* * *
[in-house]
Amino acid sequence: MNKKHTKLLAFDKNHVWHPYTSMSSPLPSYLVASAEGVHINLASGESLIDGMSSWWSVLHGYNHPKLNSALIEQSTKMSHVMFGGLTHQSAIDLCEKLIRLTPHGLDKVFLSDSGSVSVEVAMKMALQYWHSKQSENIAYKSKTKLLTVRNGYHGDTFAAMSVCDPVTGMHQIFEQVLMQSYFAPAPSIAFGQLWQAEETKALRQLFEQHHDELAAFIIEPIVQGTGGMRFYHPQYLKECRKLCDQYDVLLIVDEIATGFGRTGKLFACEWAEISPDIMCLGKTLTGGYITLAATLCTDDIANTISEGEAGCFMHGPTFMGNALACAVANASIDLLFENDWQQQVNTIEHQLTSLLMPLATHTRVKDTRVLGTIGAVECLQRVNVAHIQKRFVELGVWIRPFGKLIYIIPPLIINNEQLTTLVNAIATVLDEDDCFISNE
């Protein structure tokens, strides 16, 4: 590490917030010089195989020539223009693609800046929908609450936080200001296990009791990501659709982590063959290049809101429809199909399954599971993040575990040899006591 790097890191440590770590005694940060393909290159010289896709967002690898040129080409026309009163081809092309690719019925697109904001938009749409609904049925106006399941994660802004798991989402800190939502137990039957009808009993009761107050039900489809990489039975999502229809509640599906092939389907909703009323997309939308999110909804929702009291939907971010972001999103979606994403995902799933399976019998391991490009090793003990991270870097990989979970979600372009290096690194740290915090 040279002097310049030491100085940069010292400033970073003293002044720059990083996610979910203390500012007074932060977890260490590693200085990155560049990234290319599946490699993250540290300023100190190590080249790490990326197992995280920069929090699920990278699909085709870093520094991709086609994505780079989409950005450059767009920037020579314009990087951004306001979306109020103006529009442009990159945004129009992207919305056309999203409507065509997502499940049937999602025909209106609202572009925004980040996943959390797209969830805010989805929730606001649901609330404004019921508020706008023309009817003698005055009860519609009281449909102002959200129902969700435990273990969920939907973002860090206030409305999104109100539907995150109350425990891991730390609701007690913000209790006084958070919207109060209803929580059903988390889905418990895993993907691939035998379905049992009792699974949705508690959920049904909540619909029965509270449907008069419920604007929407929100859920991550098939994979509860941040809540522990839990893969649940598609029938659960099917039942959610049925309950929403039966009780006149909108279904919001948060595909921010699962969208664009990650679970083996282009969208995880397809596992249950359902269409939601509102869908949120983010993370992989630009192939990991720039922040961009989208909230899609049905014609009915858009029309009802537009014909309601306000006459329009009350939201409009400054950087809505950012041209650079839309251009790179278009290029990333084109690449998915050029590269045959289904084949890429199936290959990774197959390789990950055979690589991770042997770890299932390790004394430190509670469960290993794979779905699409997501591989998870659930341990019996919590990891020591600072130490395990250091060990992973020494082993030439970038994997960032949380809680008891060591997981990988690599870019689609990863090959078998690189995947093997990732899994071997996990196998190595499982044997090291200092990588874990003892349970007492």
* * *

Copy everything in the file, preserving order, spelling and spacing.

[in-house]
Amino acid sequence: MNKKHTKLLAFDKNHVWHPYTSMSSPLPSYLVASAEGVHINLASGESLIDGMSSWWSVLHGYNHPKLNSALIEQSTKMSHVMFGGLTHQSAIDLCEKLIRLTPHGLDKVFLSDSGSVSVEVAMKMALQYWHSKQSENIAYKSKTKLLTVRNGYHGDTFAAMSVCDPVTGMHQIFEQVLMQSYFAPAPSIAFGQLWQAEETKALRQLFEQHHDELAAFIIEPIVQGTGGMRFYHPQYLKECRKLCDQYDVLLIVDEIATGFGRTGKLFACEWAEISPDIMCLGKTLTGGYITLAATLCTDDIANTISEGEAGCFMHGPTFMGNALACAVANASIDLLFENDWQQQVNTIEHQLTSLLMPLATHTRVKDTRVLGTIGAVECLQRVNVAHIQKRFVELGVWIRPFGKLIYIIPPLIINNEQLTTLVNAIATVLDEDDCFISNE
């Protein structure tokens, strides 16, 4: 590490917030010089195989020539223009693609800046929908609450936080200001296990009791990501659709982590063959290049809101429809199909399954599971993040575990040899006591 790097890191440590770590005694940060393909290159010289896709967002690898040129080409026309009163081809092309690719019925697109904001938009749409609904049925106006399941994660802004798991989402800190939502137990039957009808009993009761107050039900489809990489039975999502229809509640599906092939389907909703009323997309939308999110909804929702009291939907971010972001999103979606994403995902799933399976019998391991490009090793003990991270870097990989979970979600372009290096690194740290915090 040279002097310049030491100085940069010292400033970073003293002044720059990083996610979910203390500012007074932060977890260490590693200085990155560049990234290319599946490699993250540290300023100190190590080249790490990326197992995280920069929090699920990278699909085709870093520094991709086609994505780079989409950005450059767009920037020579314009990087951004306001979306109020103006529009442009990159945004129009992207919305056309999203409507065509997502499940049937999602025909209106609202572009925004980040996943959390797209969830805010989805929730606001649901609330404004019921508020706008023309009817003698005055009860519609009281449909102002959200129902969700435990273990969920939907973002860090206030409305999104109100539907995150109350425990891991730390609701007690913000209790006084958070919207109060209803929580059903988390889905418990895993993907691939035998379905049992009792699974949705508690959920049904909540619909029965509270449907008069419920604007929407929100859920991550098939994979509860941040809540522990839990893969649940598609029938659960099917039942959610049925309950929403039966009780006149909108279904919001948060595909921010699962969208664009990650679970083996282009969208995880397809596992249950359902269409939601509102869908949120983010993370992989630009192939990991720039922040961009989208909230899609049905014609009915858009029309009802537009014909309601306000006459329009009350939201409009400054950087809505950012041209650079839309251009790179278009290029990333084109690449998915050029590269045959289904084949890429199936290959990774197959390789990950055979690589991770042997770890299932390790004394430190509670469960290993794979779905699409997501591989998870659930341990019996919590990891020591600072130490395990250091060990992973020494082993030439970038994997960032949380809680008891060591997981990988690599870019689609990863090959078998690189995947093997990732899994071997996990196998190595499982044997090291200092990588874990003892349970007492």